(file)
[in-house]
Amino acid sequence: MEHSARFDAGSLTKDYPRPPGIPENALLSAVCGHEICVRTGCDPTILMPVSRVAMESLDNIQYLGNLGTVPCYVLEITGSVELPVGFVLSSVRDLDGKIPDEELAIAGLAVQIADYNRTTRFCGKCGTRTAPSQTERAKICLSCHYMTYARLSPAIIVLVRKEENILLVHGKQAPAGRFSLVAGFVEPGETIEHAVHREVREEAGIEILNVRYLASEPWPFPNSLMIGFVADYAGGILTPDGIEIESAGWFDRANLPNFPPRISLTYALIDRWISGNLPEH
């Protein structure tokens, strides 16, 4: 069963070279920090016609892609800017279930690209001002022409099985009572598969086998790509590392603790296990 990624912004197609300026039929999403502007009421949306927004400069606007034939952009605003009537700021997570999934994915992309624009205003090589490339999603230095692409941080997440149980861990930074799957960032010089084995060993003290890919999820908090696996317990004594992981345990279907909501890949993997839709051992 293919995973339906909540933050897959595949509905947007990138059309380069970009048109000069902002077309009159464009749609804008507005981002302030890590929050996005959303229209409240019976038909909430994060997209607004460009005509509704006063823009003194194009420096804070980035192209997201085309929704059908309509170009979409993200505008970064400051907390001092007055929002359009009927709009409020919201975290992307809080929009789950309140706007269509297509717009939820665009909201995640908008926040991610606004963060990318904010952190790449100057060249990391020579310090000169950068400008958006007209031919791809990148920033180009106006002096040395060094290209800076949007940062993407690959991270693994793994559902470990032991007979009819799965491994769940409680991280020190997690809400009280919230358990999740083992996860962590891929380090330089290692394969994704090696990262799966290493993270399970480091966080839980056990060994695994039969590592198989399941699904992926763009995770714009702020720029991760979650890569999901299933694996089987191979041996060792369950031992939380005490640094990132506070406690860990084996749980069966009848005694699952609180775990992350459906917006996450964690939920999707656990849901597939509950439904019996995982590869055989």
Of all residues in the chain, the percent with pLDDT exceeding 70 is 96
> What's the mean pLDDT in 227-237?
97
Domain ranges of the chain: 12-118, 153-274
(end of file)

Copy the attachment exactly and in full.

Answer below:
[in-house]
Amino acid sequence: MEHSARFDAGSLTKDYPRPPGIPENALLSAVCGHEICVRTGCDPTILMPVSRVAMESLDNIQYLGNLGTVPCYVLEITGSVELPVGFVLSSVRDLDGKIPDEELAIAGLAVQIADYNRTTRFCGKCGTRTAPSQTERAKICLSCHYMTYARLSPAIIVLVRKEENILLVHGKQAPAGRFSLVAGFVEPGETIEHAVHREVREEAGIEILNVRYLASEPWPFPNSLMIGFVADYAGGILTPDGIEIESAGWFDRANLPNFPPRISLTYALIDRWISGNLPEH
């Protein structure tokens, strides 16, 4: 069963070279920090016609892609800017279930690209001002022409099985009572598969086998790509590392603790296990 990624912004197609300026039929999403502007009421949306927004400069606007034939952009605003009537700021997570999934994915992309624009205003090589490339999603230095692409941080997440149980861990930074799957960032010089084995060993003290890919999820908090696996317990004594992981345990279907909501890949993997839709051992 293919995973339906909540933050897959595949509905947007990138059309380069970009048109000069902002077309009159464009749609804008507005981002302030890590929050996005959303229209409240019976038909909430994060997209607004460009005509509704006063823009003194194009420096804070980035192209997201085309929704059908309509170009979409993200505008970064400051907390001092007055929002359009009927709009409020919201975290992307809080929009789950309140706007269509297509717009939820665009909201995640908008926040991610606004963060990318904010952190790449100057060249990391020579310090000169950068400008958006007209031919791809990148920033180009106006002096040395060094290209800076949007940062993407690959991270693994793994559902470990032991007979009819799965491994769940409680991280020190997690809400009280919230358990999740083992996860962590891929380090330089290692394969994704090696990262799966290493993270399970480091966080839980056990060994695994039969590592198989399941699904992926763009995770714009702020720029991760979650890569999901299933694996089987191979041996060792369950031992939380005490640094990132506070406690860990084996749980069966009848005694699952609180775990992350459906917006996450964690939920999707656990849901597939509950439904019996995982590869055989």
Of all residues in the chain, the percent with pLDDT exceeding 70 is 96
> What's the mean pLDDT in 227-237?
97
Domain ranges of the chain: 12-118, 153-274